I don't have an answer for this.  People get angry when they are mistreated, and as a society, we've become sympathetic to the victims of an aggressive authority and some people have decided that the resultant violent  response is understandable.    But the assumption is that the person in authority should be focused on doing the exact right thing, even if it means tolerating a work environment where they are in danger, often repeatedly, and that's just part of the deal.  The story above is told from the patient's perspective, not from the nurse's, and her side is dismissed for her lack of understanding and for insisting on pursuing charges for a minor infraction.  The assumption is that those in authority are somehow immune to the traumatization, fear, exhaustion, and if not, they should stay home or find another job.  And actually, perhaps someone who's sticking their elbow into a patient's chest should stay home, but then again, it's a third hand account and and we don't know the details of what transpired in the heat of the moment.

What's my point?  Simply that we're all human and perhaps these stories need to be heard from all sides before judgement is passed.  Perhaps if we could hear from the nurse, we might understand why she insisted on pressing charges, or perhaps we still might think this too extreme a response.  But it does nothing to encourage people to go into the field if you make the statement that they'll need to tolerate human biting without recourse.

Please don't read this as the idea that I'm condoning brutality by anyone.  I'm a huge proponent of kinder, gentler care, and I'm totally opposed to anyone biting nurses.  Some stories, however, lose something when you only hear one side. 

Monday, April 27, 2015

Involuntary Commitment and Suicide: Looking for Stories

As our regular readers know, we are working on a book called --at this moment in time-- Committed: The Battle Over Forced Psychiatric Care.  We're trying to focus on stories and as many people know, suicidal ideas and behaviors are one reason why people get committed.  I'm looking for one or two stories for our chapter about the experiences people have had with forced care and the spectrum of suicidality.  In particular, I'd like to hear from people who feel an involuntary admission helped them or a family member to get much needed treatment.  As always, however, I'll take what I can get.  Please feel free to comment below, or better, shoot me an email at shrinkrapblog at gmail dot com if you'd be willing to share your story in a book.  Obviously, we won't be using patient names or identifying information.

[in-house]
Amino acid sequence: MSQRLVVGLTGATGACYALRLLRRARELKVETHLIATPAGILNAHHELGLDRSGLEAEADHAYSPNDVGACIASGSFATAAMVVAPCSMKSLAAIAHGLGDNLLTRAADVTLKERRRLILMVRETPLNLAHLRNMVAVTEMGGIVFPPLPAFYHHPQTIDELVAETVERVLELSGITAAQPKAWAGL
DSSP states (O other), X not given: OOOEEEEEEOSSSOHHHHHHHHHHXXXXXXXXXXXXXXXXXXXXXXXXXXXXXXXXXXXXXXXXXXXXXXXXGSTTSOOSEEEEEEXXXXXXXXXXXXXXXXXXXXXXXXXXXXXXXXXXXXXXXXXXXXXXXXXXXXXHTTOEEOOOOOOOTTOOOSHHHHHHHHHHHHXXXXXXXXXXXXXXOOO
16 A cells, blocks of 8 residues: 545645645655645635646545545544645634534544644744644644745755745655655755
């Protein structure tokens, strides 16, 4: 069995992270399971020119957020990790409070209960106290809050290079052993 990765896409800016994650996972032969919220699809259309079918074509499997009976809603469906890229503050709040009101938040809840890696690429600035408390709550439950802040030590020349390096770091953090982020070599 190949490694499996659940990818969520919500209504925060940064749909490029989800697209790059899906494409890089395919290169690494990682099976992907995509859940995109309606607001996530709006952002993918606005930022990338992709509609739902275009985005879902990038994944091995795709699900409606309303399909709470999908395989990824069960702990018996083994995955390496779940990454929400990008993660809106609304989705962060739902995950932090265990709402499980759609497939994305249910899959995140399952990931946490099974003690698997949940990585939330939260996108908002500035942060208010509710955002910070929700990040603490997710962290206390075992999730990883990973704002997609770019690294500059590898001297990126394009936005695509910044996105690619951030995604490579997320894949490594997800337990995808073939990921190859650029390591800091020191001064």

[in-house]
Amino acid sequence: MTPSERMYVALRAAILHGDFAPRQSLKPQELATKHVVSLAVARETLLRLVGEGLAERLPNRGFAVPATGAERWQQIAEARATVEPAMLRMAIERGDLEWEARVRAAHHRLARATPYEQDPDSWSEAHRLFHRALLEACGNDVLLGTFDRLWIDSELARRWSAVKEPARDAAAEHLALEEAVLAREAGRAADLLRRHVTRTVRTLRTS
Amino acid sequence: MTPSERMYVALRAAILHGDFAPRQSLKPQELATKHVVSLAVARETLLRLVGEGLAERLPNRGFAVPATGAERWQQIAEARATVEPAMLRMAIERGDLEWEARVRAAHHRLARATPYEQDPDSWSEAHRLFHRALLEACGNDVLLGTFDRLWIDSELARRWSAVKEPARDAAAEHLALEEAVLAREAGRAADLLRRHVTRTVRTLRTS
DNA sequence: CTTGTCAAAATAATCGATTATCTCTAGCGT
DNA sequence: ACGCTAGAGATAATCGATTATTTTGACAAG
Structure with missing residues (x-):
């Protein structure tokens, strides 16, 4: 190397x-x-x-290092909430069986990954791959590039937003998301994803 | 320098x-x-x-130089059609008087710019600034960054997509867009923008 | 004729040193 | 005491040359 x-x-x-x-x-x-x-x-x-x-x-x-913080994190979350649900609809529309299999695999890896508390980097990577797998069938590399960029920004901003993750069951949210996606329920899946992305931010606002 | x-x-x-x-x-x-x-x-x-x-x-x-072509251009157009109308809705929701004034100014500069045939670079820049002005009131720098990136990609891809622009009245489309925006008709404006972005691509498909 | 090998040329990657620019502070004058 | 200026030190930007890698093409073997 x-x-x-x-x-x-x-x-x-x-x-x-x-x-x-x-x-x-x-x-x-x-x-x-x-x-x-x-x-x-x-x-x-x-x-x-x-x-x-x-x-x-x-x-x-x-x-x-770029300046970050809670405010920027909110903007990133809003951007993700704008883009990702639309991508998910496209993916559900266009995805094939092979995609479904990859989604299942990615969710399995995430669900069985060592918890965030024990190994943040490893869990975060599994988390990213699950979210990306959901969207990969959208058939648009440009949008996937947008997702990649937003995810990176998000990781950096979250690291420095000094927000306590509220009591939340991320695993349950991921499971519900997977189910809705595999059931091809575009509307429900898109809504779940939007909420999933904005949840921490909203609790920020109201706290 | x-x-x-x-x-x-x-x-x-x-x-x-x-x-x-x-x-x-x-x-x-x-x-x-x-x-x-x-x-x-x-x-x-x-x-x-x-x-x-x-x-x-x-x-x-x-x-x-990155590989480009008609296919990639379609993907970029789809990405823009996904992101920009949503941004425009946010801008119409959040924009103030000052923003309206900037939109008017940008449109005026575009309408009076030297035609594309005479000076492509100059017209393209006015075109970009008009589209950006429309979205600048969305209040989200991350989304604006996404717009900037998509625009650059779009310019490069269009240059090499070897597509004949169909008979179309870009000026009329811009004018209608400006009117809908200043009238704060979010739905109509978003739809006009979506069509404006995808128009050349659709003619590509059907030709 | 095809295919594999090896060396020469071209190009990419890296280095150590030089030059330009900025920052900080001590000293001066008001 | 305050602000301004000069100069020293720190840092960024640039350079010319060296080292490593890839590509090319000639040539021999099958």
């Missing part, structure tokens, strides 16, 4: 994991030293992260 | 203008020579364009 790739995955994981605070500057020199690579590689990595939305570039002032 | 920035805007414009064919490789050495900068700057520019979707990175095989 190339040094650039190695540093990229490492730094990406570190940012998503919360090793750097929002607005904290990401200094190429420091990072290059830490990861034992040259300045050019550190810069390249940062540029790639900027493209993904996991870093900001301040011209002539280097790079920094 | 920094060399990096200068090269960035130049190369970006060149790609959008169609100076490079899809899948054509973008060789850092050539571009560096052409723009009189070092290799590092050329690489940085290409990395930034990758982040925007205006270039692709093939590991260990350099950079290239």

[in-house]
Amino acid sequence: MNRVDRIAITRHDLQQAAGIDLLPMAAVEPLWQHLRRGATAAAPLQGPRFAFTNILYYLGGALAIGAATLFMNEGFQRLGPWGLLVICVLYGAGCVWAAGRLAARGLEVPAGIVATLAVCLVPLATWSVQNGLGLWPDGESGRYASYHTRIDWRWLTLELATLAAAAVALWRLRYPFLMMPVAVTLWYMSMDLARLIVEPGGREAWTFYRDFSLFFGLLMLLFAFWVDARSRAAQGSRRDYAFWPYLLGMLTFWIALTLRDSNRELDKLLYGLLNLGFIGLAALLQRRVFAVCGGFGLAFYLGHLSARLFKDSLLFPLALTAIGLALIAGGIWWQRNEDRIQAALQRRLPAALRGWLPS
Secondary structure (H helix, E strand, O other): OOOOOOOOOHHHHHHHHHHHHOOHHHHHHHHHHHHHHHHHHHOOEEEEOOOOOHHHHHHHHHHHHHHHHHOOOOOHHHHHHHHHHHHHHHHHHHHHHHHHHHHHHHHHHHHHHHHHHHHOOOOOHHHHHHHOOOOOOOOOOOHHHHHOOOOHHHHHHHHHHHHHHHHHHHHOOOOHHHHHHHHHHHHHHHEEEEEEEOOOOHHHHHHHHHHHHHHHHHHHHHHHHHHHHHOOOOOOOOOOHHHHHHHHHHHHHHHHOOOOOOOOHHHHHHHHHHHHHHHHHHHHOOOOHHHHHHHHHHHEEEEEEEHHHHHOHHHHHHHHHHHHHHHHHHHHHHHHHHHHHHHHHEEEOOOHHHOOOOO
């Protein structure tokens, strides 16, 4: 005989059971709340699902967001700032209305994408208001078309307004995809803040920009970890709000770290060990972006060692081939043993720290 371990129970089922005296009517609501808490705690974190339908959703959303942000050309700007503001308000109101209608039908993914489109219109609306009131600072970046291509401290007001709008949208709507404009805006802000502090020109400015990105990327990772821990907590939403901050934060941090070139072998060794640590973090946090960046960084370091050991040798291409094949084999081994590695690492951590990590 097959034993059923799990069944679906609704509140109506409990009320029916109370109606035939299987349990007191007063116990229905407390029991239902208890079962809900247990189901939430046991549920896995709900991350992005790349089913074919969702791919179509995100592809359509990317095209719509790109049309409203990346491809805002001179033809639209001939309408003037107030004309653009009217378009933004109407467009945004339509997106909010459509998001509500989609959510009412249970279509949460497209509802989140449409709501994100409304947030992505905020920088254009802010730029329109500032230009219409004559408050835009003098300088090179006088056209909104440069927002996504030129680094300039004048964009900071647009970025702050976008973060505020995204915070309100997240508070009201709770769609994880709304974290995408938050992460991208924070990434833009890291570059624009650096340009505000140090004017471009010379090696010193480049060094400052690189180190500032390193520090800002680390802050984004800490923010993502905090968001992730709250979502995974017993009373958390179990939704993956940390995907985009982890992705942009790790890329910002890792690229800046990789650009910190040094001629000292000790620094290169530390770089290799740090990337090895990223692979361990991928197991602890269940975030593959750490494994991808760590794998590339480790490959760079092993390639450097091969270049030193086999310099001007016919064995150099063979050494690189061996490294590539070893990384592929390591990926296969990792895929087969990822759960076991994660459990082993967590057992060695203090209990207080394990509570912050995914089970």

Tuesday, April 21, 2015

The 29th Annual Mood Disorder Symposium at Johns Hopkins

Today I went to the 29th Annual Mood Disorders Symposium: Back to the Basics.  I somehow have missed the first 28, but this one was really excellent.  Let me give you the quick recap:

Karen Swartz, MD talked about "Reasons to Still Love Lithium."  The upshot-- it's very effective in treating and preventing manias and hospitalizations, and it has some anti-suicide properties that hold even for those people where it's not terribly effective as a mood stabilizer.  It works for depression as well.  You need to monitor kidney and thyroid function.  It doesn't work for everyone and everyone doesn't tolerate it.   And we're still learning how to best dose it.

Rosalyn Walker Steward, MD, MS, MBA talked about "The Recognition and Treatment of Depression in Primary Care Settings."  She discussed how most depression is treated in primary care settings and discussed the differential diagnosis for major depression versus grief/demoralization and how a primary care doc approaches diagnosis and treatment.

Lisa Townsend, PhD gave a quick introduction to "Dialectical Behavior Therapy: The Basics and Beyond."  She focused on the importance of recognizing and validating the patient's emotional experience.  

Mr. & Mrs. Jones talked about the patient's perspective of depression.  I have to say, I love when successful people talk about their struggles -- it does so much towards getting rid of stigma.  When psychiatrists and politicians talk about the need to decrease stigma...well, I find it a bit hollow.  So Mr. Jones is very articulate, and very successful despite his difficulties with major depression.

Kay Redfield Jamison, PhD gave a talk called "Writing a Life" and talked about the research she's doing for a book on poet Robert Lowell.  She always has interesting stuff to say.